Five common mistakes startups make and how to avoid them

Starting a business isn’t easy. There are so many things to think about and the pressure of it all can cause startups to make poor business decisions.

Even the very best startups have made mistakes but it’s the determined and motivated that have risen above it.

Here are the top five common mistakes that startups make, alongside some tips on how they can be avoided.

Making something that no one wants

One of the most widely quoted stats is that 90 per cent of startups fail within their first year.

Depending on how you look at it, and the factors you want to attribute to it, the main reason behind this high failure rate is producing a product or service that no one wants.

As a founder, you’re often torn between creating the next ‘big thing’ and figuring out what people actually want or need.

During the early years of your business, you should embark on an extensive customer discovery journey, find your product market fit, and really figure out if your solution will actually solve a problem.

Don’t assume your business will disrupt an existing market or that early-adaptors will turn into paying customers. Rather, take every opportunity to talk to your customers, use data to test assumptions, and have a feedback loop in place.

Viewing investment as the ultimate goal

You’ll see stories in the press about ‘X’ company securing a huge funding round, but this can create a false sense of reality, where big investment is framed as the startup’s ultimate goal. It’s not.

Founders need to be strategic about the fundraising process. Whether it’s deciding on the right time to seek external investment, the amount you’ll need or doing due diligence on the most suitable investors to approach, it’s crucial that every step is planned thoroughly.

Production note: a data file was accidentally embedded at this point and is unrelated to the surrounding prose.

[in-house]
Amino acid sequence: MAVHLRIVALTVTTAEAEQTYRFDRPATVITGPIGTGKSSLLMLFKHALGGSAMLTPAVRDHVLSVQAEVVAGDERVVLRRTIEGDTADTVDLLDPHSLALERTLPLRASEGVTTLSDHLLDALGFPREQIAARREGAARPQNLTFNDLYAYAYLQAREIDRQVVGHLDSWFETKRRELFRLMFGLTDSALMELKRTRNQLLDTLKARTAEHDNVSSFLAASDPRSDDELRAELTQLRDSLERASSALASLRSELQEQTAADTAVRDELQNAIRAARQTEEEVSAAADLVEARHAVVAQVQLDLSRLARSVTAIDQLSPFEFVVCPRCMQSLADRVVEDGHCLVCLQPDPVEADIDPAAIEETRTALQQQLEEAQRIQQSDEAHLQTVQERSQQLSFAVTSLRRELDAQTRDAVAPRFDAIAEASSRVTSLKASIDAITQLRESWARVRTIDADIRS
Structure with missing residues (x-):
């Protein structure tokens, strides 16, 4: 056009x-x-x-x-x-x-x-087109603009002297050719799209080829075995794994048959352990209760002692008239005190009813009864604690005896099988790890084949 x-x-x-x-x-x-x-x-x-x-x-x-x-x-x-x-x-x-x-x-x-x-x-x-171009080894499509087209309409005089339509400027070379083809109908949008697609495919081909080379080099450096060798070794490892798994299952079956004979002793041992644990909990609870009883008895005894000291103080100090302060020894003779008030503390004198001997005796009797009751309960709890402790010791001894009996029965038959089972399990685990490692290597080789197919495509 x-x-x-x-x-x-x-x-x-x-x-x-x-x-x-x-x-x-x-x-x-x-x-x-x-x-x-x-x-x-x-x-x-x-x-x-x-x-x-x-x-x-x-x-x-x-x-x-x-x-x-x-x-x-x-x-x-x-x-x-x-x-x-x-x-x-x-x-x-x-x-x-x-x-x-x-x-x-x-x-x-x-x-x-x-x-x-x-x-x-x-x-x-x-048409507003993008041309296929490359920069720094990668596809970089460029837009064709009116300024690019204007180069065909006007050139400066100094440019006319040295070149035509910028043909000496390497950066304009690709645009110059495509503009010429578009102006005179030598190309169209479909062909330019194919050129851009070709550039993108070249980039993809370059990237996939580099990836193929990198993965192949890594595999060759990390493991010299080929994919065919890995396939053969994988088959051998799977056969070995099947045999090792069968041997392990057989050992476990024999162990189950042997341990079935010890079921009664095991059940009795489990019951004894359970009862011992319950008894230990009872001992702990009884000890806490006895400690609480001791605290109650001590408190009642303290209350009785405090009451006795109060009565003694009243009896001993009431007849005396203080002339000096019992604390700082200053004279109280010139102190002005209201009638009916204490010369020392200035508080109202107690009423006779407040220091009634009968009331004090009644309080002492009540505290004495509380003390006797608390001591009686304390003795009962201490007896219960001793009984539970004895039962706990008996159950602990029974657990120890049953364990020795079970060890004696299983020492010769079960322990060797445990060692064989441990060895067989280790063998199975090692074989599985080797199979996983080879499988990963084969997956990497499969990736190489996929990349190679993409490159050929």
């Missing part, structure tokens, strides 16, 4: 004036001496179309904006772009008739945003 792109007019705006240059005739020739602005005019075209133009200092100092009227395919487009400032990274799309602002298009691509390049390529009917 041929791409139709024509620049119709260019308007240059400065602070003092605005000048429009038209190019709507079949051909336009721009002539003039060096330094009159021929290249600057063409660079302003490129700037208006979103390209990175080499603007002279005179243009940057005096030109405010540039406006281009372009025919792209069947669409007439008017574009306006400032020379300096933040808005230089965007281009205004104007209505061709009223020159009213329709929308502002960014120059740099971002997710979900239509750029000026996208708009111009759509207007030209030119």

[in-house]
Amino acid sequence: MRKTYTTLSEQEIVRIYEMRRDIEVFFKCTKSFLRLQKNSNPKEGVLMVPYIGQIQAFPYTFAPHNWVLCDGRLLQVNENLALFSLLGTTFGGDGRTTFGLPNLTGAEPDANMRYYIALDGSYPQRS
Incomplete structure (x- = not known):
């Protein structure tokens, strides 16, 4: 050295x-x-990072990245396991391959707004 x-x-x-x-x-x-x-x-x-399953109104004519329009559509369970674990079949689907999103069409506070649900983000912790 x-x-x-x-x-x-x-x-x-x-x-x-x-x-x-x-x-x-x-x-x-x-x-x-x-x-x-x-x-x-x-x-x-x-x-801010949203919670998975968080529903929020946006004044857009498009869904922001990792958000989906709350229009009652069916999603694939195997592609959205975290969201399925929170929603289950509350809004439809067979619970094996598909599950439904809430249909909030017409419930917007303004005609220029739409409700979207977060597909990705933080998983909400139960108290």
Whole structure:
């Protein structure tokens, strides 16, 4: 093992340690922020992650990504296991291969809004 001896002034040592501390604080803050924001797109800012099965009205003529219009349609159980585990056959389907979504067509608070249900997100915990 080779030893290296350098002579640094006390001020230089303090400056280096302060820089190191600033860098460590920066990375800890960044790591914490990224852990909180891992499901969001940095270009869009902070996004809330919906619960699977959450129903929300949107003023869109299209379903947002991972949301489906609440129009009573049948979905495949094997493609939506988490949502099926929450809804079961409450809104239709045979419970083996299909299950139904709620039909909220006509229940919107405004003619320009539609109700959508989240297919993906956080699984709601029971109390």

Research reveals that it takes 9 months for a startup to raise a series A round. But, what often doesn’t get visibility is how long the fundraising process takes, and how many conversations it will take a founder to raise this round.

Hiding behind tech jargon

Startups often jump straight to the technical aspect of their business or product, without talking about the problem they’re solving in a relatable way.

This is a problem we often see at Startupbootcamp when founders pitch to join our accelerator programs. Undeniably, technology is important in our space, however when talking to investors, partners and media, it’s much more effective to tell a compelling, holistic story that explains your vision or the problem you’re trying to solve without using buzzwords and jargon.

Entrepreneurs need to perfect their story, which will act as the foundation of the business; explain when their big ‘aha!’ moment happened, their inspiration, and how they’re different from the competition.

Trying to do it alone

We’re big believers in the importance of team, especially when startups have more than one co-founder.

If you speak to an investor or a reputable accelerator, you’ll find the team dynamic is often the key driver in the decision-making process of whether they’ll work with a startup or not.

Sure, it can be tempting to decide to go at it alone and do everything your way. But running a startup is hard and if you have a big vision for your business then you’ll need to find a team and/or a co-founder who has complementary skills to drive the idea forward.

Trying to do it all

Entrepreneurs are passionate people who are full of ideas. While this is a desirable trait to have, it can also have some drawbacks.

We often see founders stretching themselves too thin, which leads to them either burning out or losing sight of their vision.

But, having a solid team in place will allow you delegate responsibilities so that you can focus on the core areas in the business, where your expertise lie.

Andy Shannon, Head of Startupbootcamp Global

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